To deal with these dismal realities, Thomas Fraudulent has nothing better to do with his time than come up with a useless time warp “Tet” analysis to allow Bush a platform to make delusional promises of victory parades. So much for the foreign policy “expertise” at the paper of record. Messing with historic analogies is obviously another one of those talents that Tom needs to work on. When it comes to Iraq, think 1974 or maybe even 1975. Because those who are selling “Iraq 1968” want to prolong the ordeal and give Bush some wiggle room to dodge the bullet on the disastrous outcome of a war that never had to happen. George Bush’s secret plan is to let the next president lose the war in Iraq.
For a rational national debate on how to wrap up this war of choice, we must get the Likudnik Friedman/Krauthammer/Wolf Blitzer/Hannity crowd to shut the hell up. Throw them and their neo-con think tank fellow travelers in isolation cells away from the public square to allow more sober minds to engage in a frank non-ideological conversation on how best to contain the damage inflicted on both the United States and the Iraqi people.
Enough spin already. We need some real Middle Eastern experts to put on their post-Tet hats and get to work on an immediate exit plan that does the least possible harm.
Bush has lost control of the situation and needs some adults to do the heavy lifting. And the only way to convince him to abandon his Churchillian hallucinations is to curb his power for the rest of his term by voting his party into minority status on November 7th. That done; the Democratic Leadership Committee -- the neo-con Hillary/Lieberman enablers -- needs to be cut down to size. Retire Lieberman now. Postpone Hillary’s political punishment till the presidential primaries. As of now, the only job that remains to be done is an expedited withdrawal of American forces from the post-Tet environment in Iraq. There will be no victory parades -- unless of course you belong to the school that believes George Bush could have won in Vietnam.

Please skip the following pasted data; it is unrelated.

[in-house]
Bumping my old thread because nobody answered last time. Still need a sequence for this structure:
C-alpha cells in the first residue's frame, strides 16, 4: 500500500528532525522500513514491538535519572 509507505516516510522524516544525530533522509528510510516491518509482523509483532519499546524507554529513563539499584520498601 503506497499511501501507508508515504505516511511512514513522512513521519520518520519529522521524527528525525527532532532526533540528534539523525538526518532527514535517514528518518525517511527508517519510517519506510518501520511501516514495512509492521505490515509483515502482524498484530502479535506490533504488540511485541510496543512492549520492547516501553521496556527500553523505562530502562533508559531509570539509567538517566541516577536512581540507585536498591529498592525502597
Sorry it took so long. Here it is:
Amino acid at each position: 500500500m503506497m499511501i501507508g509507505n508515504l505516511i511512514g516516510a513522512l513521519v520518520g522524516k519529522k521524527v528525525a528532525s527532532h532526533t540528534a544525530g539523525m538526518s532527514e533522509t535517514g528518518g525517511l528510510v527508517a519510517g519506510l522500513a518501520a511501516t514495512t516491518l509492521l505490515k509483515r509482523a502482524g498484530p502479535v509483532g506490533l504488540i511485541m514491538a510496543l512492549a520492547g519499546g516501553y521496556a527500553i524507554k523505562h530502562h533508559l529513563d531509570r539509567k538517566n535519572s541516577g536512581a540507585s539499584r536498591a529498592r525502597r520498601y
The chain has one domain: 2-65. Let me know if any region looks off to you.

You never know what Friedman’s Likudnik crowd really wants. Maybe they want to “stay the course” long enough to leave three sets of keys for a partitioned Iraq -- something the neo-cons would hail as a major achievement. It doesn’t hurt that the Iraq war has diverted attention away from Israel’s draconian repression of the Palestinians and aborted the sham “peace process.” Because of his losses in Iraq, Bush always has to raise the stakes. The devastating American backed Israeli invasion of Lebanon allowed Bush to take a summer vacation away from his Mesopotamian troubles. If Iraq is Bush’s Vietnam -- Lebanon was a Cambodian side bet. Roll the dice. See what happens next.
Thomas Friedman should put away his Judith Miller hat -- if only because he does a better job predicting oil prices.
by Ahmed Amr